The depth of the punch pressing into the V-shaped opening is the important factor affecting the bending angle. 

The depth of the stroke, that is, the greater the pressing depth of the punch, the sharper the bending angle.

The bottom die and punch of air bending do not need to have the same radius, because the bending radius is determined by the elasticity of the sheet metal.

Air bending is the most widely used bending method because it has many advantages.

Because the punch tip doesn't need to be pushed past the surface of the metal, it requires less bending force or tonnage.

Additionally, it does not need too many tools, and the operation is simple and flexible.

However, air bending also has some disadvantages. Air bending will have a certain springback after bending.

So during bending, the actual bending angle should be sharper than the preset bending angle, so as to get the final bending angle.

Moreover, in air bending, because the metal plate and die are not in full contact, the bending accuracy is difficult to ensure. Its stroke depth cannot be kept very accurate either.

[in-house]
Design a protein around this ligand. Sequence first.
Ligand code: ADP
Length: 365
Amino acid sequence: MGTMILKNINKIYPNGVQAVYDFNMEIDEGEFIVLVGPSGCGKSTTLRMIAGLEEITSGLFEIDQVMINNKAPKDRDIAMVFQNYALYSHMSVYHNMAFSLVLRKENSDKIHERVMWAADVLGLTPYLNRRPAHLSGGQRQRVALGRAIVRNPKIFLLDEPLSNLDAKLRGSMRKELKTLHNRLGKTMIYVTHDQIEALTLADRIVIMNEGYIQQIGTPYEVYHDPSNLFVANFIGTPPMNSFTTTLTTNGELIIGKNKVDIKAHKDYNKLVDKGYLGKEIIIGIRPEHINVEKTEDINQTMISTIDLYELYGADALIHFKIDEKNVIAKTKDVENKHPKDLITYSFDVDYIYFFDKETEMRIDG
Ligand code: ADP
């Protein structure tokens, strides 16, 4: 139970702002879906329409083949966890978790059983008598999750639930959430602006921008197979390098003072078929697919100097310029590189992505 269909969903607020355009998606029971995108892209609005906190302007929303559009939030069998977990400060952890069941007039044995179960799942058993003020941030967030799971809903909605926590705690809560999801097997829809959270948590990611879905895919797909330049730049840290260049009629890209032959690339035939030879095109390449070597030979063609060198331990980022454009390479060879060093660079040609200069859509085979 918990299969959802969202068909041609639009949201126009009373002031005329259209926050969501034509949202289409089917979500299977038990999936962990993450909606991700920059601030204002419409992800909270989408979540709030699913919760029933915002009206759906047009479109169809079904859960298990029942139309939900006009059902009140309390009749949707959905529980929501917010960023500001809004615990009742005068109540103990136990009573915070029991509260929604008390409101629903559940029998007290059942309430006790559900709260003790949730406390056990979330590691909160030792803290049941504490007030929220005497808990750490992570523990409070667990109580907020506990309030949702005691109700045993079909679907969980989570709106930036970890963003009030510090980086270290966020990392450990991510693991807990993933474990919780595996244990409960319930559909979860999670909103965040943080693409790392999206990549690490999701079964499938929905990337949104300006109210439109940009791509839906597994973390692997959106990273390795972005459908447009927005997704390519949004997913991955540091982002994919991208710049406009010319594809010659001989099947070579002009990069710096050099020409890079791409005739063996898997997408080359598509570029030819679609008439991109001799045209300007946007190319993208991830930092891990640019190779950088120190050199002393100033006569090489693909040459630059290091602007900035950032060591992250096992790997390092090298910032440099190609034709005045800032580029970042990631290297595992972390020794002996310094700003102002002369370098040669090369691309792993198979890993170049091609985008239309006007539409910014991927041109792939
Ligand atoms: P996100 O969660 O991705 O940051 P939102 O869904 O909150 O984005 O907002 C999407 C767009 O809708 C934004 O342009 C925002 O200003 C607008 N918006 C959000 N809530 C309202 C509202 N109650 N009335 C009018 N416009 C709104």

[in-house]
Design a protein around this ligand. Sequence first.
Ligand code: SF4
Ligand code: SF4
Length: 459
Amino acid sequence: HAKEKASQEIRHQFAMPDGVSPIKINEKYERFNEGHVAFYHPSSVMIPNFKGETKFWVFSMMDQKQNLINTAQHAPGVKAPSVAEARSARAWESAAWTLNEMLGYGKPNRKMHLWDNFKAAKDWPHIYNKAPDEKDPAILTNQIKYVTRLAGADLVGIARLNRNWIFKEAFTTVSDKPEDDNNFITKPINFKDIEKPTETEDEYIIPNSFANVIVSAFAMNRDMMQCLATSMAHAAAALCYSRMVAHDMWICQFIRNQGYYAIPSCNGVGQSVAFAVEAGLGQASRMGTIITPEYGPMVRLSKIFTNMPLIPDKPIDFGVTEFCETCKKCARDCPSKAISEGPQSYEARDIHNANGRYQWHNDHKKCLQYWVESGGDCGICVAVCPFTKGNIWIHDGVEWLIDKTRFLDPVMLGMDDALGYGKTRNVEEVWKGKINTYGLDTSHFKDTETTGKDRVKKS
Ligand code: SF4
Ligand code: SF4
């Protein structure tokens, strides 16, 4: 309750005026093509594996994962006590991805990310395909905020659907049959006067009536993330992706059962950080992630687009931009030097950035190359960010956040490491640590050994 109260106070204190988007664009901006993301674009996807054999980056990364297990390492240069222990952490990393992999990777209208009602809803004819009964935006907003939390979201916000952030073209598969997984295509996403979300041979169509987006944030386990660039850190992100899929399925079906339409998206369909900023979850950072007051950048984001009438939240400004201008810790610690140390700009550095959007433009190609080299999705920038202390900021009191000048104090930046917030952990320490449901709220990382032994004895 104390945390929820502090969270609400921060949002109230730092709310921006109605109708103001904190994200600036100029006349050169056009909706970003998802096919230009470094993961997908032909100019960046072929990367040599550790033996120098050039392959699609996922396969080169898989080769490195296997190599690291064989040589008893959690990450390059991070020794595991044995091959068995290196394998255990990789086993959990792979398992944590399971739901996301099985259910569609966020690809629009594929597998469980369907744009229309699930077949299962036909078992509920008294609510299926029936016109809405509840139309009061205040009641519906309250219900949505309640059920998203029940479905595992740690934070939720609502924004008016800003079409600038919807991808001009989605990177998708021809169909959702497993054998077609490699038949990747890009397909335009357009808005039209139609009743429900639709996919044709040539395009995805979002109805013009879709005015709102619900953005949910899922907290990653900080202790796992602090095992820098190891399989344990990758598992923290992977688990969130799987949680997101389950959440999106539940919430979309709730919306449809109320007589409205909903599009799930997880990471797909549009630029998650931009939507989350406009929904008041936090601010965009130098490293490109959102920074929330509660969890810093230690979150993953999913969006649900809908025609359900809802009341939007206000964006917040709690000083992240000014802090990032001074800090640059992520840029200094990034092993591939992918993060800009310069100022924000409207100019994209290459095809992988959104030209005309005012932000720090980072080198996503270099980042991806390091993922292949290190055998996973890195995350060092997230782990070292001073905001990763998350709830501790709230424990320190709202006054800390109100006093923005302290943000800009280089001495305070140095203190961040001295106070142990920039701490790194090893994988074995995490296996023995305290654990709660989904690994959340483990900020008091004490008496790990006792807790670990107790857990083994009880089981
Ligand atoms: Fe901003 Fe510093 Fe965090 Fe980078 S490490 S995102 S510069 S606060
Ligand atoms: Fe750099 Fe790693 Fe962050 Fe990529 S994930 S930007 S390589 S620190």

Bottoming

Bottoming is also known as bottom pressing, bottom bending, or bottom striking. Like air bending, bottom bending also requires punch and die.

In the bottom bending, the punch presses the metal plate to the bottom of the die, so the angle of the die determines the final bending angle of the metal plate.

The release of the punch will cause the sheet metal to spring back and contact the die.

Excessive bending helps reduce springback. Using more force will also reduce the springback effect and provide good accuracy.

The difference between air bending and bottom bending is that they have a different radius.

The die’s radius determines the inner radius of the bending sheet metal.

The width of the "V" shaped opening is usually 6 to 18 times the thickness of the sheet plate.

In the bottom bending, because the angle of the die is fixed, the bending accuracy is higher and the springback is smaller.

But a larger tonnage of force is required. Moreover, each bending angle, plate thickness, and materials need a separate die.

Coining

Coining is also a widely used bending method. The word “coining” comes from coin making.